It is frightening to contemplate the possibility that the versions of Christianity we have “bought” into uncritically are in fact versions that have been syncretised with consumerism. A greater danger lurks around the corner, and that is the possibility that we may be replacing our faith with another “religion,” despite couching it with “Christian” terminology. Jason Clark, a Ph.D. candidate who was a church planter but now serves as a pastor and speaker in the United Kingdom, seeks to explore “how consumerism functions as a religious system, and the effects that has on people who want to form Christian identity, in particular in relationship with other Christians as the Church.”  ((Eugene Peterson, Eugene Peterson’s Pastoral Library (Grand Rapids: Eerdmans, 2000) is a good modern classic to start with.)) His intuitive concern which guides his research echoes my own intuition of the challenges we face here in an Asia swimming in a globalized world.

Repercussions from Living in a Consumer Culture

There are some who react against the drive to “relevance” and retreat to the old-time religion of the past (in whatever form we remember, whether high church liturgy or revivalist expository preaching) as a way of “resistance.” While going back to pre-modern resources in history is a helpful measure, an uncritical appropriation of the past that ignores the present seems to be a dead-end as well. The wisdom of Danish philosopher Søren Kiekergaard when applied to the church is needed, “Life can only be understood backwards; but it must be lived forwards.”

As we reflect on the repercussions from a consumer-driven Christianity, we do so from a posture of “repentance,” i.e., to first pause and stop, and then change our life and ministry direction as the Spirit leads us, hearing the call of Jesus to commit ourselves afresh to honouring the Father on earth in our time and location. This is an ongoing and life-long process.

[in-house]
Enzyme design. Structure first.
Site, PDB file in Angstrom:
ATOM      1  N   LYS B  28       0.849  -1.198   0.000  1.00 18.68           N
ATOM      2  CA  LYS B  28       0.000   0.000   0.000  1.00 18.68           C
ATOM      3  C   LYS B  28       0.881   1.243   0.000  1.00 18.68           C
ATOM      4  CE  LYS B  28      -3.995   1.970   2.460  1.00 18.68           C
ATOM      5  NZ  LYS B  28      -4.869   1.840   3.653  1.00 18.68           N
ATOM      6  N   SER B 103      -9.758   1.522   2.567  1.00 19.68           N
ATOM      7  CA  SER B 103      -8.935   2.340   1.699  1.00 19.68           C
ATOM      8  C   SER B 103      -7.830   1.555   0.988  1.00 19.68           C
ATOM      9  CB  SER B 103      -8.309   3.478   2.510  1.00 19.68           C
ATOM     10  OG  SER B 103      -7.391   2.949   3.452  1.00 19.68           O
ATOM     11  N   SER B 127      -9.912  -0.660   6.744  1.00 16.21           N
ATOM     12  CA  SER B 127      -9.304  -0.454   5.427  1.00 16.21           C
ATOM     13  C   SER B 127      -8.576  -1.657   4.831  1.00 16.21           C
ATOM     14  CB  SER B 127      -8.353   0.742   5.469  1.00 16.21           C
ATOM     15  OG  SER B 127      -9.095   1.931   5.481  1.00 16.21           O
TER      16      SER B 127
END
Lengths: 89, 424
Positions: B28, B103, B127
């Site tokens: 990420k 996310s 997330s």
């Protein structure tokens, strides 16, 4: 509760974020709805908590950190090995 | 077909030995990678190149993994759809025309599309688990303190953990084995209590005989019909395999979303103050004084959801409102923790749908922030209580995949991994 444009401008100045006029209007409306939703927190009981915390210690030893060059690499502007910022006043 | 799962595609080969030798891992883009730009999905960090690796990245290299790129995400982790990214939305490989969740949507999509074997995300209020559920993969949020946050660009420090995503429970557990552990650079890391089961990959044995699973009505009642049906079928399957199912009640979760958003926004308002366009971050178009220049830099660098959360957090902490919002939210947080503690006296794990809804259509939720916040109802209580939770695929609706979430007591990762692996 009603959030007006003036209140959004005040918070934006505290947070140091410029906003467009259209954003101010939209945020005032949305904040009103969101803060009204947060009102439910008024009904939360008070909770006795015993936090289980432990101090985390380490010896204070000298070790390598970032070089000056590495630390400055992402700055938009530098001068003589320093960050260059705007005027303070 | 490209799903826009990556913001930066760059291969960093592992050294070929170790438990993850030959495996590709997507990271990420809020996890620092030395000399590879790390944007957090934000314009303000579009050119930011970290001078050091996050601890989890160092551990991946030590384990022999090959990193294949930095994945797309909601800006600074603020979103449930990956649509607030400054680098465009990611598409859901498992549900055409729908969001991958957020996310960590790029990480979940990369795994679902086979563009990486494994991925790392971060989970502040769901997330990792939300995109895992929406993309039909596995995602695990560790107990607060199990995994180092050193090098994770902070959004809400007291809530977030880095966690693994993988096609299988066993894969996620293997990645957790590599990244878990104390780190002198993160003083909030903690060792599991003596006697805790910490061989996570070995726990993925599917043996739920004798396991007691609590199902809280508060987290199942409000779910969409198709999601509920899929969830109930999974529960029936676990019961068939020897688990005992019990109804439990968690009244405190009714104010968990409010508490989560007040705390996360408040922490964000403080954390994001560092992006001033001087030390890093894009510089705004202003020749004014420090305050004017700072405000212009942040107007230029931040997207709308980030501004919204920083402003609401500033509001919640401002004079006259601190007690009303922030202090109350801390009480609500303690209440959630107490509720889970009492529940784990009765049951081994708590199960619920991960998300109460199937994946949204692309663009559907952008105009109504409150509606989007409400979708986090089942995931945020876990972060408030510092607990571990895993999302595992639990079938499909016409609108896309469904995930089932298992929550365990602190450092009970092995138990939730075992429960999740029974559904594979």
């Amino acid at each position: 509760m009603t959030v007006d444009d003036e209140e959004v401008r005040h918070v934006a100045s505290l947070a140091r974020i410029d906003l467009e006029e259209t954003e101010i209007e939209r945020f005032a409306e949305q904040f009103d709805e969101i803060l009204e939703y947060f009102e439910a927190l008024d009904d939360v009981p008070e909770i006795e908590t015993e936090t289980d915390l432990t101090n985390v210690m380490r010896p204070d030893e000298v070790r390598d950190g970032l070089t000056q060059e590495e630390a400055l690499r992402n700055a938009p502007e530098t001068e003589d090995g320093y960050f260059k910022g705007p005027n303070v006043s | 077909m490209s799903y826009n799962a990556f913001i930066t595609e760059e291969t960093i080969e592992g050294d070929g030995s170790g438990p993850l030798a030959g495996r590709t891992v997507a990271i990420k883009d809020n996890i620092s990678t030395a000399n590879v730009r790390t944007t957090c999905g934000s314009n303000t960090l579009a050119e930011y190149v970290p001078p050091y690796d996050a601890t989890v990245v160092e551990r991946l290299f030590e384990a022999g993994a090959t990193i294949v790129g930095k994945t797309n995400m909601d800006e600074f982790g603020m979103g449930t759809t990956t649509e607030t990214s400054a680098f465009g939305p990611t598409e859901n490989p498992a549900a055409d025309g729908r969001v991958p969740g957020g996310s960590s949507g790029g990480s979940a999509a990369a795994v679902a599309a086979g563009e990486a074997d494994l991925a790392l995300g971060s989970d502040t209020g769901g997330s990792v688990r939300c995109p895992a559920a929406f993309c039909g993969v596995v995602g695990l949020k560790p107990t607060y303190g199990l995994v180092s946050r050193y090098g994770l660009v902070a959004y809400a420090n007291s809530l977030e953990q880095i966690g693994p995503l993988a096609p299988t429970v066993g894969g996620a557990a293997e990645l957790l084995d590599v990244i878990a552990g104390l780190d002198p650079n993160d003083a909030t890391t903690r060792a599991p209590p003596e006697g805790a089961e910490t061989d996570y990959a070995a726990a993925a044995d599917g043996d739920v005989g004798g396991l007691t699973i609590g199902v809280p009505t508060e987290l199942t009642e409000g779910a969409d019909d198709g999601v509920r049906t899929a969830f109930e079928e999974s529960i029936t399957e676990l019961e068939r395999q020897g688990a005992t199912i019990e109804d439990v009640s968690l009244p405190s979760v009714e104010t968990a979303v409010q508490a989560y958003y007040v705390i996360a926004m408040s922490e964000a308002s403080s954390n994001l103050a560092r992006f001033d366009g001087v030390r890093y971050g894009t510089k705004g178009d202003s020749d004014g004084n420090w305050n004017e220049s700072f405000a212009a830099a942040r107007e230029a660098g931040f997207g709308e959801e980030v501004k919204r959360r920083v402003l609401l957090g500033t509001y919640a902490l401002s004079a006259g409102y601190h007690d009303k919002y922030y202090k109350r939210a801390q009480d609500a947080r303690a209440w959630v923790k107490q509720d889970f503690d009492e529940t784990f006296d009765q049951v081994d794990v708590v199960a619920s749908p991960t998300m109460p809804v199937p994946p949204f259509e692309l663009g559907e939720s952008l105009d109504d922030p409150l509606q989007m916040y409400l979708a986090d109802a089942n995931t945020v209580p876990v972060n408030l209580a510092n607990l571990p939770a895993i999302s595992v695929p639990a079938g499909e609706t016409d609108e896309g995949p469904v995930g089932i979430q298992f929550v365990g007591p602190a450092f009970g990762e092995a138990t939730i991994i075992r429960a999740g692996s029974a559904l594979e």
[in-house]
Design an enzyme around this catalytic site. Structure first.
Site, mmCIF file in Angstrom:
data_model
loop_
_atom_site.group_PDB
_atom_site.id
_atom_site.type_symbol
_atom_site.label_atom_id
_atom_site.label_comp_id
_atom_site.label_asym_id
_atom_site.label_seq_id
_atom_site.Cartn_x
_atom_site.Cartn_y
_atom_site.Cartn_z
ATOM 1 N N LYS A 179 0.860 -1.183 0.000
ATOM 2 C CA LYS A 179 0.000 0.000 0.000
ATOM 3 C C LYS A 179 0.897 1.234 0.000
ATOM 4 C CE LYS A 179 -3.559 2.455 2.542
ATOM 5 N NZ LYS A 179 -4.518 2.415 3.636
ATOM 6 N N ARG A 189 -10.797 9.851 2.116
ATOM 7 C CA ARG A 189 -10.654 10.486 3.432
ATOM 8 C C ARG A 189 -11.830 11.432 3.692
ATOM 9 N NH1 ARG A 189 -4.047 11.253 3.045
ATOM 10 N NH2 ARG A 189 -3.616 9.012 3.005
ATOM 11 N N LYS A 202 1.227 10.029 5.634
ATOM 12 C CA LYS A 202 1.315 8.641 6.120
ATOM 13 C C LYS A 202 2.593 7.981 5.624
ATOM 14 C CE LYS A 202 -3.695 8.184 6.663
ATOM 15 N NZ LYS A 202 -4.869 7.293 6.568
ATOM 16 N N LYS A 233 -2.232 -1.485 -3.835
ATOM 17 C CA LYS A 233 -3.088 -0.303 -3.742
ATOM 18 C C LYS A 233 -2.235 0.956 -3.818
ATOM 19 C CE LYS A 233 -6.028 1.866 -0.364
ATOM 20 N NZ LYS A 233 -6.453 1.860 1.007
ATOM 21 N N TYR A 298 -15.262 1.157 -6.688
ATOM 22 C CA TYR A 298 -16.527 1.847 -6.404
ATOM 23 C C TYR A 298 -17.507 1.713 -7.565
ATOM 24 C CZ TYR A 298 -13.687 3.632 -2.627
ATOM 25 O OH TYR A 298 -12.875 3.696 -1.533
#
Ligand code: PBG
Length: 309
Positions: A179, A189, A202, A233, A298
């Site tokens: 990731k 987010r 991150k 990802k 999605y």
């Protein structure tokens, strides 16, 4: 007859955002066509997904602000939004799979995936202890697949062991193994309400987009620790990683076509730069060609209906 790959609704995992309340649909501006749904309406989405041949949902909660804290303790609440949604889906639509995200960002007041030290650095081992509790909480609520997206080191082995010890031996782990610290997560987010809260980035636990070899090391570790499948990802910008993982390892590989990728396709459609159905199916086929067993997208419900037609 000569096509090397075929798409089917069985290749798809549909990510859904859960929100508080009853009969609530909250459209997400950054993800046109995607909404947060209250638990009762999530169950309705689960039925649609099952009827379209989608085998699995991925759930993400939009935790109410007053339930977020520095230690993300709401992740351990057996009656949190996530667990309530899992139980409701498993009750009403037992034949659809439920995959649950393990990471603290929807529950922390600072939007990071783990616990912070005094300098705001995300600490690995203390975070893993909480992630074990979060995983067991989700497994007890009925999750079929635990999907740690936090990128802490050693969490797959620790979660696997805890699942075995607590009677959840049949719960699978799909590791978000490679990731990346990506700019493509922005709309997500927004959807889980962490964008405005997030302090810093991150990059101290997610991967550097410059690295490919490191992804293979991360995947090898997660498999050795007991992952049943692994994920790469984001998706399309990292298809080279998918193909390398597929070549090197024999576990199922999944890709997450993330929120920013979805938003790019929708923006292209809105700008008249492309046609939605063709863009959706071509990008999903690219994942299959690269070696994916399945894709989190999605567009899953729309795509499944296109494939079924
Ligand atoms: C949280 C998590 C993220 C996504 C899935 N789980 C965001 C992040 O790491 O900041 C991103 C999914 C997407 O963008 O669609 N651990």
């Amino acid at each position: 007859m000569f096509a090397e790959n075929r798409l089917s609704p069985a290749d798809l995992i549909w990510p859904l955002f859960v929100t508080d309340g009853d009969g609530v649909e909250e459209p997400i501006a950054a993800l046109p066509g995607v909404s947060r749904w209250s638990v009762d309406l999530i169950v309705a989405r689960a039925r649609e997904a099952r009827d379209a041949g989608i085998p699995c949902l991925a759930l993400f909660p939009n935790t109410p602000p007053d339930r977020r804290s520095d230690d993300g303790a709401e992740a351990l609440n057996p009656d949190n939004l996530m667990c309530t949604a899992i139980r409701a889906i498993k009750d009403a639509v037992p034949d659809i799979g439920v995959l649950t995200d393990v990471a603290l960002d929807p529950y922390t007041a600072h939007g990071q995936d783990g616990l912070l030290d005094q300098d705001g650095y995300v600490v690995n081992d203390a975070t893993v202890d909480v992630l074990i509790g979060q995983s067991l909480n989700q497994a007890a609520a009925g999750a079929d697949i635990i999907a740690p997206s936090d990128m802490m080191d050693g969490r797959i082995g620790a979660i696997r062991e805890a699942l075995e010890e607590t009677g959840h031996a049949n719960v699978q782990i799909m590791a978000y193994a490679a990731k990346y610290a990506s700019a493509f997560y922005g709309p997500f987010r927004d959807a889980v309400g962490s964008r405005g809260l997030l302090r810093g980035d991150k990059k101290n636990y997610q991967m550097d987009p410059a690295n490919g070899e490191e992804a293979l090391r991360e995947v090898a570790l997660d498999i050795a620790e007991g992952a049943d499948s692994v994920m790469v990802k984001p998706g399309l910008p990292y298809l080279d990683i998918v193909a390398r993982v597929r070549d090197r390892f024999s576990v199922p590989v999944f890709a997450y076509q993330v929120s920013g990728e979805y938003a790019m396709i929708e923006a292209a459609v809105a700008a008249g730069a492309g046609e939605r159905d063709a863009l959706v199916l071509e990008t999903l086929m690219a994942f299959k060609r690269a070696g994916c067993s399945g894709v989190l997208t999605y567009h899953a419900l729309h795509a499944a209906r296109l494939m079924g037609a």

First, the people and leaders of the church are too busy keeping up with the latest and the most improved trends and solutions. We are often swept along by whatever new waves of fixing church that come along, rather than step back to reassess our unique contexts and reengage the Gospel for the formation of our own personal and corporate identity. We engage in “copying” the programmes offered rather than go through the slower creative process of working things out for ourselves. In my own limited experience in being a part of a church restart with a small group of fifteen adults and two children, I made a conscious decision to refrain from running to one seminar or conference to another in search of solutions or formulaes for church growth. This opened up space for a thorough re-examination of my own ministry values and discipleship.

Second, it is a tragedy when Christians unconsciously define themselves as “customers” while the church is seen as “producers.” While these words may not be used openly, in practice, spiritual formation or discipleship is often demonstrated through one’s consuming of the various programmes that purportedly cater to every conceivable need. Thus, discipleship is understood less in relational and communal terms than it is individualistically and in terms of ‘producer’ and ‘consumer.’ It is common for many pastors to burnout because they are unable to meet the growing unspoken expectations of church members whose “felt needs” are endless. Eugene Peterson’s phrase, “un-busy pastor” seems to be an impossibility in today’s pastoral ministry. Being seen as one who is “busy” about God’s “business” has become the reigning mindset that has imprisoned many of us in pastoral ministry. When I was fresh out of seminary, the books that occupied my imagination were church growth and church management resources. But what really ignites my imagination nowadays are readings in theology and missiology, and more significantly, the wisdom of pastoral theologians like Eugene Peterson who has saved me from more hard knocks.  ((Tom Sine, The New Conspirators: Creating the Future One Mustard Seed at a Time (Downers Grove: InterVarsity Press, 2008).))